More versatility would make it much more difficult on opponents at both ends of the floor.

  • I don’t know how many times BYU picked up ticky-tack fouls against Oregon because they started out in the wrong position to make a play but it happened far too often. It played a big role in the Cougars getting all four post players in foul trouble early on in the game.

    BYU’s style of play, which generally fits its personnel really well, means it’s probably never going to be a lockdown defensive-minded group. That’s why it is so important for the Cougars to have a firm grasp of being in the right spots and playing the angles.

  • The Ducks lived off being able to get into the lane and then make good interior passes to guys for open baseline jumpers or shots at the rim. I can’t recall BYU getting very many — if any — similar plays.

    Usually when junior Matt Carlino, Bartley, Haws or even sophomore Kyle Collinsworth (before he got hurt) get into the lane, they either go to the rim, shoot it or kick it back out to the perimeter. The result is few easy looks by catching the defense out of position.

    I’d like to see them develop better interior movement, positioning and passing, which would force defenses to be more wary inside and thus free up better outside looks.

  • The fast-paced Cougar attack can be devastating, particularly when BYU is making shots and getting stops. It’s like an avalanche, rolling over opponents.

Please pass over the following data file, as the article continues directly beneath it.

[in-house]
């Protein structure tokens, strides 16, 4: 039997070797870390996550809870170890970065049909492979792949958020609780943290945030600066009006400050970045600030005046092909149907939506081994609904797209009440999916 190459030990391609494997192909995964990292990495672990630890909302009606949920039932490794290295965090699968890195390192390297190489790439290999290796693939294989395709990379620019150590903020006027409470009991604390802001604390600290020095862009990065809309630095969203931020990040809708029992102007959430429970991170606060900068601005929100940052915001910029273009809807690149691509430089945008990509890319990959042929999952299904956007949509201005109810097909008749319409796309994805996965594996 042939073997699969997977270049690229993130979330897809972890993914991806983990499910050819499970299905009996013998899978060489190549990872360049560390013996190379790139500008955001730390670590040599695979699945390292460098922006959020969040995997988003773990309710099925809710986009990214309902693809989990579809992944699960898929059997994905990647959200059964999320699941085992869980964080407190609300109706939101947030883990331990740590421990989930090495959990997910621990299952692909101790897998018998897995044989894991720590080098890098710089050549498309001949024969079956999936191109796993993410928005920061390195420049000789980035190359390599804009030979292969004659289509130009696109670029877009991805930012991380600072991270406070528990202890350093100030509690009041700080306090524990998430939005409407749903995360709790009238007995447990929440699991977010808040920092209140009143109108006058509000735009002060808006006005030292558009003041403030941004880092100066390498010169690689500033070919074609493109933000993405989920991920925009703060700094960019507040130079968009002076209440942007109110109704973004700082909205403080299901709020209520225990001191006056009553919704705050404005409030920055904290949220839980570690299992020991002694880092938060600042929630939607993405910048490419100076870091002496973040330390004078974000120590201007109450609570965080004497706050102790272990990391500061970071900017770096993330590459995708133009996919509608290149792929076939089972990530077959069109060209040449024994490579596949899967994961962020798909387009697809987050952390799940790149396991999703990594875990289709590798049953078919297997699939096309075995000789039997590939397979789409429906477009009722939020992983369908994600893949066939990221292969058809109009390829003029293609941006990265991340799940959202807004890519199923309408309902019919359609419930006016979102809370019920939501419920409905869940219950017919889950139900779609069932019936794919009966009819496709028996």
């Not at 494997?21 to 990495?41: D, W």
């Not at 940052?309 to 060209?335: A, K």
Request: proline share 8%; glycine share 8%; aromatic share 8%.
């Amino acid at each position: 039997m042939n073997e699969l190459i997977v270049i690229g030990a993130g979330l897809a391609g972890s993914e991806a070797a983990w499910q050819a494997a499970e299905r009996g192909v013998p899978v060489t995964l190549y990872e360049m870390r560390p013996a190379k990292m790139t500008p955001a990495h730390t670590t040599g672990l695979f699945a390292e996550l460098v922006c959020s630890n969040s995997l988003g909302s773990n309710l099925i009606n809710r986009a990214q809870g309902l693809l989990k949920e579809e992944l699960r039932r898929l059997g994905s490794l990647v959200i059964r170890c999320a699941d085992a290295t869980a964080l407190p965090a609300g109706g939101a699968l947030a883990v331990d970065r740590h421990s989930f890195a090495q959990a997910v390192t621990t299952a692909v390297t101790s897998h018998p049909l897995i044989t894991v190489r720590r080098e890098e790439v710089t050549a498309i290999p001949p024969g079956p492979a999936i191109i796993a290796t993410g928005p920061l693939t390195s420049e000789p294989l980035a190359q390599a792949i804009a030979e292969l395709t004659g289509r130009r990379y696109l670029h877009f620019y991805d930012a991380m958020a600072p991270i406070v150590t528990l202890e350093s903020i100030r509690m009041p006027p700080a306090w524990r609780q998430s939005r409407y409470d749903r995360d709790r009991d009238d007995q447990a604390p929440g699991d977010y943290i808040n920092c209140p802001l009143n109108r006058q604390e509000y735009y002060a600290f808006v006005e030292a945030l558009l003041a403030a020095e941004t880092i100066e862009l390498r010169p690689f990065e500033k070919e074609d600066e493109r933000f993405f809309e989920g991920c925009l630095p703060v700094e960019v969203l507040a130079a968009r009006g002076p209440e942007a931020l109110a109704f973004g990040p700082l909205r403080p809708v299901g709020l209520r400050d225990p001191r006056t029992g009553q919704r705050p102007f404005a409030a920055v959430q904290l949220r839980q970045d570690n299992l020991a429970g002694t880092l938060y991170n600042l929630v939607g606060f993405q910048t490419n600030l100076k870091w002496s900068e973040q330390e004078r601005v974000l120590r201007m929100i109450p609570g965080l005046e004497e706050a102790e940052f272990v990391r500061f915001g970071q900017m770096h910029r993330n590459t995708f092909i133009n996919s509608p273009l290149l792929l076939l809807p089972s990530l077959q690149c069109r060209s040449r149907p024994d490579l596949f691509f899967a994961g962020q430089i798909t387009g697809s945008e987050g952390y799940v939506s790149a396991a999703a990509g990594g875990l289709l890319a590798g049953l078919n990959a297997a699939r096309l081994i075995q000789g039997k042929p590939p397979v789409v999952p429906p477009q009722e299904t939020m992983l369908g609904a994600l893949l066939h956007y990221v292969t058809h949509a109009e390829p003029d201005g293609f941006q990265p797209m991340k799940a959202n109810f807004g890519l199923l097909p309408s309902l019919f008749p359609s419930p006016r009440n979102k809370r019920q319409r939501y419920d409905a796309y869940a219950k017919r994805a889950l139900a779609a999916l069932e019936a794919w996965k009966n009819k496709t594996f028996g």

But too often I see the Cougars rushing things and putting themselves in bad situations instead. That’s because they trying too hard to increase the speed of the game without getting anything out of it.

    There is a time and a place to attack quickly, to make an opponent pay for not getting back quickly enough and to create early offense.

    But you also have to have guys with enough experience and game sense to know when the risk of getting out of control is too great and the team will be better off looking for something better.

    Hopefully having been on the big stage and seeing how quickly things can get away from them will help the Cougars recognize when better to be more methodical and less helter-skelter.

  • Does Haws get fouled on every possession? Probably. Does frequently talking to the referee about it make any difference? Yes, but in a bad way.